The FSA has written a ‘Dear CEO Letter’ expressing concern that the asset management industry may not have “effective recovery and resolution plans” in place should an outsourcing provider face financial distress or severe operational disruption which could lead to client detriment. The full text of the 11 December 2012 letter appears here.
The FSA states that firms’ Boards must consider the implications of outsourcing to a third party supplier and the regulatory requirements that apply. The FSA calls on firms to exercise “due skill and care and diligence” whenever they enter into, manage or terminate any outsourcing arrangement.
The FSA’s letter highlights its growing concern about the risks associated with asset management firms which outsource operational activities to third party providers. The FSA has been looking at firms’ contingency plans and has concerns about a number of them. These concerns include asset managers relying on the fact that an outsourcing firm is part of a financial institution that is deemed too big to fail. The FSA says that this approach is imprudent, as the FSA might actually allow such institutions to fail.
It also cites a general lack of awareness as to the time and resource constraints for bringing activities back in-house or transitioning them to another service provider. The FSA is concerned that a plan to transfer to another provider may not be a realistic option, citing concentration risk in the supply of certain activities. The industry, which includes custodians BNP Paribas, State Street, BNY Mellon and Citigroup, has seen consolidation in the past year, including the acquisition of Goldman Sachs’s hedge fund administration unit by State Street and SS&C Technologies’ acquisition of GlobeOp, the middle and back-office fund services firm.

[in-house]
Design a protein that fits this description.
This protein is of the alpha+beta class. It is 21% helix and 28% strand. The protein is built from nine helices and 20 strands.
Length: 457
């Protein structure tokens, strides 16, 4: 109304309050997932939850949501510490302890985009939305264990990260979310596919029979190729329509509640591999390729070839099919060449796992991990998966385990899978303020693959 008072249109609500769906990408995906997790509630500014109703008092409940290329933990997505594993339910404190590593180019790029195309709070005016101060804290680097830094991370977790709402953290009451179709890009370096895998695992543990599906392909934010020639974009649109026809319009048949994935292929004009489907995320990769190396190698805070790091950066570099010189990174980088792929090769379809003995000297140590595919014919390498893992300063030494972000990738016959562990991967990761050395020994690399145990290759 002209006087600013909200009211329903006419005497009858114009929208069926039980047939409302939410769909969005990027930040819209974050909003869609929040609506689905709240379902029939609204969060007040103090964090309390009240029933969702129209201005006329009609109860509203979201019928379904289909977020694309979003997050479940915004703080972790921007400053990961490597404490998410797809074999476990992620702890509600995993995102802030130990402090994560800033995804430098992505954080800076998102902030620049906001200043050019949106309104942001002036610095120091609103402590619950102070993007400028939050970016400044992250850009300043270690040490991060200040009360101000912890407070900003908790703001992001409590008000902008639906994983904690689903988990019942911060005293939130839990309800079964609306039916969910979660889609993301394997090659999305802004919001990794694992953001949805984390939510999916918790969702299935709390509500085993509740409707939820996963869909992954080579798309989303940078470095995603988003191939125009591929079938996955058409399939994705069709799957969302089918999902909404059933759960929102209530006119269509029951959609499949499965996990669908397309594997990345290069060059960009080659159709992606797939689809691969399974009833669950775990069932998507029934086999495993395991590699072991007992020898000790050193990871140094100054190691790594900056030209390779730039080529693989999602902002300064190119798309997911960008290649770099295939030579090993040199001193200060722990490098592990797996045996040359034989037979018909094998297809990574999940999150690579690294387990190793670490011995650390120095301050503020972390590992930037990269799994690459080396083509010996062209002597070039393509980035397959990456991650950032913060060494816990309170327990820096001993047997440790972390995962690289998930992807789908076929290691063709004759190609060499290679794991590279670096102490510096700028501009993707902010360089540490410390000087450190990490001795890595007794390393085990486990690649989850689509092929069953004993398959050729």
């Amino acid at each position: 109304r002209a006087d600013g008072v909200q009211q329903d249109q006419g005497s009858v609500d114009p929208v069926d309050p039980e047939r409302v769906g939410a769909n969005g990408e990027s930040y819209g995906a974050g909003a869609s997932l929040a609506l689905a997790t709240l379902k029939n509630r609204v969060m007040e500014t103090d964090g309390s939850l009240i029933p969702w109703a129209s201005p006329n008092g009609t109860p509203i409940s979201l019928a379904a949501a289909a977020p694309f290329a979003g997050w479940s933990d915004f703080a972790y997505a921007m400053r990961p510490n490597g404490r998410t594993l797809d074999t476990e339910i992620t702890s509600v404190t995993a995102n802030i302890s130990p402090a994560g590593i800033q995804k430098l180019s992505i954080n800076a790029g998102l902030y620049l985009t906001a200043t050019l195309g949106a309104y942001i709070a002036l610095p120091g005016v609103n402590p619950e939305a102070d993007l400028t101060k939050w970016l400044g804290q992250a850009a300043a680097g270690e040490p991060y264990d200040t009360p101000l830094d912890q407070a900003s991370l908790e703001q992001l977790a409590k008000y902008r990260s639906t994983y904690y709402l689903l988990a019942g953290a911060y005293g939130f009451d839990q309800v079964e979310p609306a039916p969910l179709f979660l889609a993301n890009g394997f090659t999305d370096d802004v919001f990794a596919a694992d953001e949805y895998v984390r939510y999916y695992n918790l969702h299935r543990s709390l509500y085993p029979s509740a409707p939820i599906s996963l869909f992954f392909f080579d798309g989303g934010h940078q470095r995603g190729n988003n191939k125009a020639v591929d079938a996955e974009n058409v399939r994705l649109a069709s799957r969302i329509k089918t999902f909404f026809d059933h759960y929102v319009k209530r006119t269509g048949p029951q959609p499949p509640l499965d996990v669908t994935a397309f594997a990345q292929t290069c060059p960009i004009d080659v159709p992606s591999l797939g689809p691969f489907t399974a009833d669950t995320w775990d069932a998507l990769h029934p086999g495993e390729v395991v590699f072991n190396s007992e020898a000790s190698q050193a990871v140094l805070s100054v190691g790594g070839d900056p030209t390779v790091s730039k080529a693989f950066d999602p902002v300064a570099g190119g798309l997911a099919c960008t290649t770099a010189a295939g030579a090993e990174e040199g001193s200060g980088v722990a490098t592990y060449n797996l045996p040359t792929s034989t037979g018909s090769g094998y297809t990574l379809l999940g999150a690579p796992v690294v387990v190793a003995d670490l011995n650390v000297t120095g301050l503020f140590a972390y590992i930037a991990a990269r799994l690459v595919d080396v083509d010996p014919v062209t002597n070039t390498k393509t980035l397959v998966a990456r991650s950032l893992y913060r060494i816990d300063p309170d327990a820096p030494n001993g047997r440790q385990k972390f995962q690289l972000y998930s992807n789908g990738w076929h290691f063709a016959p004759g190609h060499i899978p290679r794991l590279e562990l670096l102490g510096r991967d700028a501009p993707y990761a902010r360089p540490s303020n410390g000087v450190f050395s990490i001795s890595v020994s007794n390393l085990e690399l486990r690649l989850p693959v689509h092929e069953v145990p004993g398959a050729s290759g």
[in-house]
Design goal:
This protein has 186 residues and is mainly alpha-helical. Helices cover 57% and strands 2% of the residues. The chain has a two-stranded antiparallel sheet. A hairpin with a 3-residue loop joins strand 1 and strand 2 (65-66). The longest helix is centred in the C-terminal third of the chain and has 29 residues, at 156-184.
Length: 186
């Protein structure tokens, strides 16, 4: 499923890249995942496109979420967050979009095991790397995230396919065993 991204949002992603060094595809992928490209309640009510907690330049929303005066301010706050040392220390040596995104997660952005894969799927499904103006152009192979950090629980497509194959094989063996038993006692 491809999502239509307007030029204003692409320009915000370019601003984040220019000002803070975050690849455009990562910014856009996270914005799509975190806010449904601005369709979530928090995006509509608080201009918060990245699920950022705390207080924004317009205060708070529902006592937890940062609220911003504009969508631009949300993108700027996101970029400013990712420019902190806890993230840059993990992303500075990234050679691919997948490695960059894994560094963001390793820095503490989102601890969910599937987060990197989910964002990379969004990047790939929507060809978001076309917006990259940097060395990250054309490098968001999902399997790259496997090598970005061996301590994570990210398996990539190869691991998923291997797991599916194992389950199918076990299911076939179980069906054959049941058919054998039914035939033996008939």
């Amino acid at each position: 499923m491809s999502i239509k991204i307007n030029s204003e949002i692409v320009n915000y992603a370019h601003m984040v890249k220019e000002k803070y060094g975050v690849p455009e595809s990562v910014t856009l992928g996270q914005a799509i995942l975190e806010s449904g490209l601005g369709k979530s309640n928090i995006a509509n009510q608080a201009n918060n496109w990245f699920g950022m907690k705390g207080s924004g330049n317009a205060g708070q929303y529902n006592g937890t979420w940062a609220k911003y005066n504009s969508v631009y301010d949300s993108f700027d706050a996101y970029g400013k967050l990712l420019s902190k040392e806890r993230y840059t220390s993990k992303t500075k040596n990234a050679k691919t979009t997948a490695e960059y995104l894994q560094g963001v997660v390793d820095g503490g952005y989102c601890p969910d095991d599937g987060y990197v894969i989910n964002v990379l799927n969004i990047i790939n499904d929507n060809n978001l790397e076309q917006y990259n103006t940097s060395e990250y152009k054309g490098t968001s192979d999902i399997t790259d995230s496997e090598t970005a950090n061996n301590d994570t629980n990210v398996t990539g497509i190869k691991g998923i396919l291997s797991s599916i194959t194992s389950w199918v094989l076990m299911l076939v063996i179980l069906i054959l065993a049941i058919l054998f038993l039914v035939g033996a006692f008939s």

The FSA is also concerned that, in a stressed scenario, contractual “step in” rights may prove difficult to enforce resulting in undue delay and/or operational risks to the detriment of customers.
As a consequence, UK-regulated asset managers are required to review their current contingency plans taking into account the observations in the FSA’s letter to ensure compliance with their regulatory obligations. Constructive feedback from the asset management industry as a whole is also solicited. The FSA will host an industry event next year to facilitate an exchange of views aimed at achieving “effective recovery and resolution plans in place for the asset management industry as a whole.”